Norseman's Hill
Bolton, MA

A sign for the "Ski Tow" at Norseman's Hill, 1950's.

Thanks to Neal Estano who contacted us about this lost area in Bolton! This was an early rope tow/ski jump area that was owned and operated by his grandfather, Donald Erickson. His mother and Donald's daughter, Gail (Erickson) Estano, wrote up the following article on the history of this area. All following pictures are courtesy of the Estano family and can not be used for any commercial purpose, thanks.

Also, Dick Kenyon met with Gail and was able to get some additional pictures which are found below. 

"The Norseman's Hill Ski Area was a dream come true for Donald Erickson, having deep Scandinavian roots, his parents, Swedish immigrants and two siblings born in that country. He began his ski jumping career in his early 20's which fueled his desire to own a ski jump.

Skiers gather at the base of Norseman's Hill, 1950's.

Another view of the base area, showing the intersection of Rte 110 and 117. This picture is taken from the ski jump, 1950's.

This dream was realized in 1948 when a tract of 100 acres came available for sale in Bolton, Mass at the junction of Route 110 and 117. He almost single handed cut and cleared three downhill slopes, the jump slope and constructed the jump itself. There were a few friends to help him in their spare time and weekends. The project consumed more than two years of hard labor---- a labor of love for the sport.
He devised a "rope tow" from an old truck engine for moving skiers to the top of the slopes. A skier took hold of the rope with the right hand and grabbed the rope from behind with the left hand. In no time you would be at the top, ready for your next run downhill. Rather primitive in today's ski world. And it sure did wear out a pair of gloves in a day!

Don Erickson

More of the jump.

Another innovative design was a "snow making machine" to snow cover the jump trestle in the event of sparse natural snowfall which was often during three consecutive winters in the early 1950's. This "machine" sprayed water on the slope in freezing temperatures. As the spray hit the ground, ice crystals formed. Those icy ski conditions were not ideal but better than the alternative.
The trees cut to clear the slopes, became the boards and timbers for the jump trestle, milled locally in Bolton, Ma. at Bud Zink's Saw Mill.

Preparing the jump.

Programs for the area, provided by Gail Erickson to Dick Kenyon. Click on each for the larger version.

Not wanting to omit any names of the folks kind enough to help, I will say he was most grateful to all the helping hands of family and friends who joined in this huge project. Also on the same note, several people assisted financially, as they, too, were avid skiers and eager to the see the success of this project and to have an operating ski slope and jump locally. Skiing in the 1950's was not as popular as it is today.
Interest in forming a Ski Club grew in a short time, thus the "Bolton Ski Club" was born. Several members from the Gardner Ski Club, Lancaster Ski Club, Scandinavian Ski Club of Worcester, Ma, the Brattleboro Vt Ski Club, Lake Placid Ski Club and Lebanon Ski Club joined forces and added to the "work force" in leisure hours. They later became sanctioned by the US Eastern Amateur Ski Association.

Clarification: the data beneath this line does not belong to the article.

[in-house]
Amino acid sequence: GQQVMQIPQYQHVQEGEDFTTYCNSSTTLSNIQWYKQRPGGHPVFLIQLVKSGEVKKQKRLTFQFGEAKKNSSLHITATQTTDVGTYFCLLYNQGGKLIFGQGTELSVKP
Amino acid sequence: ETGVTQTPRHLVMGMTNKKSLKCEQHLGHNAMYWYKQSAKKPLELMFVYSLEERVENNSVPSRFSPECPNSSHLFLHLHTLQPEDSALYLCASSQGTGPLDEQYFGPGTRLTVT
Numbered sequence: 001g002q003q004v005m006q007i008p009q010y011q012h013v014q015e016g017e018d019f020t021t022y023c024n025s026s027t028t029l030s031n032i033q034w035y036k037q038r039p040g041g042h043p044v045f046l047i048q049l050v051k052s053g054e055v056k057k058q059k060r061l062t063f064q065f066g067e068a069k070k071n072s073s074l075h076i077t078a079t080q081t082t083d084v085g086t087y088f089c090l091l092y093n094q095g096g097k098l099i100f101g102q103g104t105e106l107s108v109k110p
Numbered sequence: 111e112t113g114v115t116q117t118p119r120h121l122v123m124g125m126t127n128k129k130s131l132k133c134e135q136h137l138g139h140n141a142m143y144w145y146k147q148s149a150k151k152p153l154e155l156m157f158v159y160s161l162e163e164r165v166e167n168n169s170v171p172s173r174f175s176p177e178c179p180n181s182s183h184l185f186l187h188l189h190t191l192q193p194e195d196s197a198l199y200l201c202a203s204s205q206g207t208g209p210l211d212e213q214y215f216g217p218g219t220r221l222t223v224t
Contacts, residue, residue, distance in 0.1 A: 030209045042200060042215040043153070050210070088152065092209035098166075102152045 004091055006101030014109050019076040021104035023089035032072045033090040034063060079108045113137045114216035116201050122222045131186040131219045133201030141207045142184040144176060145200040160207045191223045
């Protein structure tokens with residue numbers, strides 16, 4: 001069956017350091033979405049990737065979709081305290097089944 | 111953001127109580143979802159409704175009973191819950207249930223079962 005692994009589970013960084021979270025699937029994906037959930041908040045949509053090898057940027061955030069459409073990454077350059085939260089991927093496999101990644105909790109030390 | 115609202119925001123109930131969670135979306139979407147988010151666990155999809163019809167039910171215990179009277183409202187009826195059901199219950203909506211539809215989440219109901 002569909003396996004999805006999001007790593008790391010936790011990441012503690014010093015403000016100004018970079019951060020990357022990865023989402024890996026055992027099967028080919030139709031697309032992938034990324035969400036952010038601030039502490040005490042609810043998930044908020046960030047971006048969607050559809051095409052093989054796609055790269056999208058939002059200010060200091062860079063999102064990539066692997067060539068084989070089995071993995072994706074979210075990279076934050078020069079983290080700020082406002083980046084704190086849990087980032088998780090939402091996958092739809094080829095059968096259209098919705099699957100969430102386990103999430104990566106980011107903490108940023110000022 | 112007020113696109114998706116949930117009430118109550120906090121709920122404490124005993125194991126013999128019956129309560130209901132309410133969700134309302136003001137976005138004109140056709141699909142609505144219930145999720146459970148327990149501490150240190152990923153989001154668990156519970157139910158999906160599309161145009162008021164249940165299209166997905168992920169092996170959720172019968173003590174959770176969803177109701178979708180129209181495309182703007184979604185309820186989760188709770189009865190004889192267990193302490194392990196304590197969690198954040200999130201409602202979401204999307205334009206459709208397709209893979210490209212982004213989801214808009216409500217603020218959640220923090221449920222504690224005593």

A ski jumper soars through the air. Note the huge crowds!

Gail Erickson's membership card, provided to Dick Kenyon.

Strand Mikkelsen of Strands Ski Shop in Worcester Mass. was a loyal supporter. I believe the shop continues today by Strands son or Grandson. Other loyal workers and supporters that I recall were, Kai Rasmusen, Ernie Melanson, Rus Griswold, Ralph Bailey, Kendall Gifford and Vernon Collins to name a few and still stand out 56 years later."

One last view of the base area.
A ski ticket from the area, provided from Gail Erickson to Dick Kenyon.

Dick was able to get this newspaper article showing a trail map of sorts from Gail - notice that there was three trails along the jump. The ski jump was not pictured.

We're glad to add this area to our site!

Neal continues with some more information about the current state of the area:

Bolton Orchards (apple business) is currently at the location. I lived near the site until 1977- at that time there were still some remnants of the ski jump and some pulleys for the rope tow and some trails were still discernable. The rope tow was powered by a Ford pickup truck! According to my mom the business went bust in part due to warm weather and no snow.

I went to Google Earth and have a saved image (above) on the location. The buildings near the intersection is Bolton Orchard Farm stand, the largest building is a warehouse for storing apple crates (at least it was when I was a kid there). The ski jump was just below (south) of that building. There are a lot of pine trees on the hill where the trails were then you can see a little break (between the dense trees and the road) which is the exact location of the jump itself.

To the right is the Google Earth shot of the area.

Dick Kenyon took a picture of the area from February 2005:

"I have attached a photo of Norseman's Hill taken by me this February.

The "arrow" marks the approximate location of the ski jump. The building in the right corner is part of the Bolton Orchards complex. The view is across Route 117 towards the hill looking south west. The town of Bolton is to the left."


If you have more information on this area just let us know.

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